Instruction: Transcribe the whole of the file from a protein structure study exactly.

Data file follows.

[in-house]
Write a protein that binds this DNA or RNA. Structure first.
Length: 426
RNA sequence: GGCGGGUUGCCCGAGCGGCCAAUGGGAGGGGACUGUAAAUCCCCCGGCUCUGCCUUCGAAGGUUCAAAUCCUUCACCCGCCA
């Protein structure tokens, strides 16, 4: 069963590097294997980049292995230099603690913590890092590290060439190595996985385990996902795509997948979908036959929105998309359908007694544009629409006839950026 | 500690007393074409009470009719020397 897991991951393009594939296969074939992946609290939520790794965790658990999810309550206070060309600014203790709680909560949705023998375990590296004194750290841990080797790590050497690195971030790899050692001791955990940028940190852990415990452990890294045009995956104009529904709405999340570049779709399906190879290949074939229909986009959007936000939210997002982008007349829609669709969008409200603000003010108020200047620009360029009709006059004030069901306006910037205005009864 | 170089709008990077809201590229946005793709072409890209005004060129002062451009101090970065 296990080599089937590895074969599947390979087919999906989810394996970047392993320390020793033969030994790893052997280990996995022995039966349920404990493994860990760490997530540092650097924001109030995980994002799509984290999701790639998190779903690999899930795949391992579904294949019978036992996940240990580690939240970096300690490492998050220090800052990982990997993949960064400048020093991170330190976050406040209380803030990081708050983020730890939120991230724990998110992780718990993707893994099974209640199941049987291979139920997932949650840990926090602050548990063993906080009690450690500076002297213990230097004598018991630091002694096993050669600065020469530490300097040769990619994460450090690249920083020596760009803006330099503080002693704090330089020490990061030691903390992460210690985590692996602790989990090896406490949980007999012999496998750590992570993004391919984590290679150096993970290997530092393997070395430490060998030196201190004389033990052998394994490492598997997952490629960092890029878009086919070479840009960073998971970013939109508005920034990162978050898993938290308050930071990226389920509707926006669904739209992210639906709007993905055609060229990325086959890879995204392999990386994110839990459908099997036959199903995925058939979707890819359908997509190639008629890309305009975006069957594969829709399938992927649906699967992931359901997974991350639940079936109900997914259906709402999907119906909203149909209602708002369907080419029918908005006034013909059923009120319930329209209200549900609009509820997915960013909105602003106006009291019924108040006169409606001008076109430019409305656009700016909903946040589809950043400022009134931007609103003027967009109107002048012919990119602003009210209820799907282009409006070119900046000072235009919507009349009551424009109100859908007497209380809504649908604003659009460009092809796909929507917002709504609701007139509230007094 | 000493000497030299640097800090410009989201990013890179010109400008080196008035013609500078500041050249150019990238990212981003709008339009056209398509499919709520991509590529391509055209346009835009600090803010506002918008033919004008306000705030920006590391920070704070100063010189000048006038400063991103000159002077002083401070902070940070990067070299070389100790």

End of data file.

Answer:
[in-house]
Write a protein that binds this DNA or RNA. Structure first.
Length: 426
RNA sequence: GGCGGGUUGCCCGAGCGGCCAAUGGGAGGGGACUGUAAAUCCCCCGGCUCUGCCUUCGAAGGUUCAAAUCCUUCACCCGCCA
């Protein structure tokens, strides 16, 4: 069963590097294997980049292995230099603690913590890092590290060439190595996985385990996902795509997948979908036959929105998309359908007694544009629409006839950026 | 500690007393074409009470009719020397 897991991951393009594939296969074939992946609290939520790794965790658990999810309550206070060309600014203790709680909560949705023998375990590296004194750290841990080797790590050497690195971030790899050692001791955990940028940190852990415990452990890294045009995956104009529904709405999340570049779709399906190879290949074939229909986009959007936000939210997002982008007349829609669709969008409200603000003010108020200047620009360029009709006059004030069901306006910037205005009864 | 170089709008990077809201590229946005793709072409890209005004060129002062451009101090970065 296990080599089937590895074969599947390979087919999906989810394996970047392993320390020793033969030994790893052997280990996995022995039966349920404990493994860990760490997530540092650097924001109030995980994002799509984290999701790639998190779903690999899930795949391992579904294949019978036992996940240990580690939240970096300690490492998050220090800052990982990997993949960064400048020093991170330190976050406040209380803030990081708050983020730890939120991230724990998110992780718990993707893994099974209640199941049987291979139920997932949650840990926090602050548990063993906080009690450690500076002297213990230097004598018991630091002694096993050669600065020469530490300097040769990619994460450090690249920083020596760009803006330099503080002693704090330089020490990061030691903390992460210690985590692996602790989990090896406490949980007999012999496998750590992570993004391919984590290679150096993970290997530092393997070395430490060998030196201190004389033990052998394994490492598997997952490629960092890029878009086919070479840009960073998971970013939109508005920034990162978050898993938290308050930071990226389920509707926006669904739209992210639906709007993905055609060229990325086959890879995204392999990386994110839990459908099997036959199903995925058939979707890819359908997509190639008629890309305009975006069957594969829709399938992927649906699967992931359901997974991350639940079936109900997914259906709402999907119906909203149909209602708002369907080419029918908005006034013909059923009120319930329209209200549900609009509820997915960013909105602003106006009291019924108040006169409606001008076109430019409305656009700016909903946040589809950043400022009134931007609103003027967009109107002048012919990119602003009210209820799907282009409006070119900046000072235009919507009349009551424009109100859908007497209380809504649908604003659009460009092809796909929507917002709504609701007139509230007094 | 000493000497030299640097800090410009989201990013890179010109400008080196008035013609500078500041050249150019990238990212981003709008339009056209398509499919709520991509590529391509055209346009835009600090803010506002918008033919004008306000705030920006590391920070704070100063010189000048006038400063991103000159002077002083401070902070940070990067070299070389100790």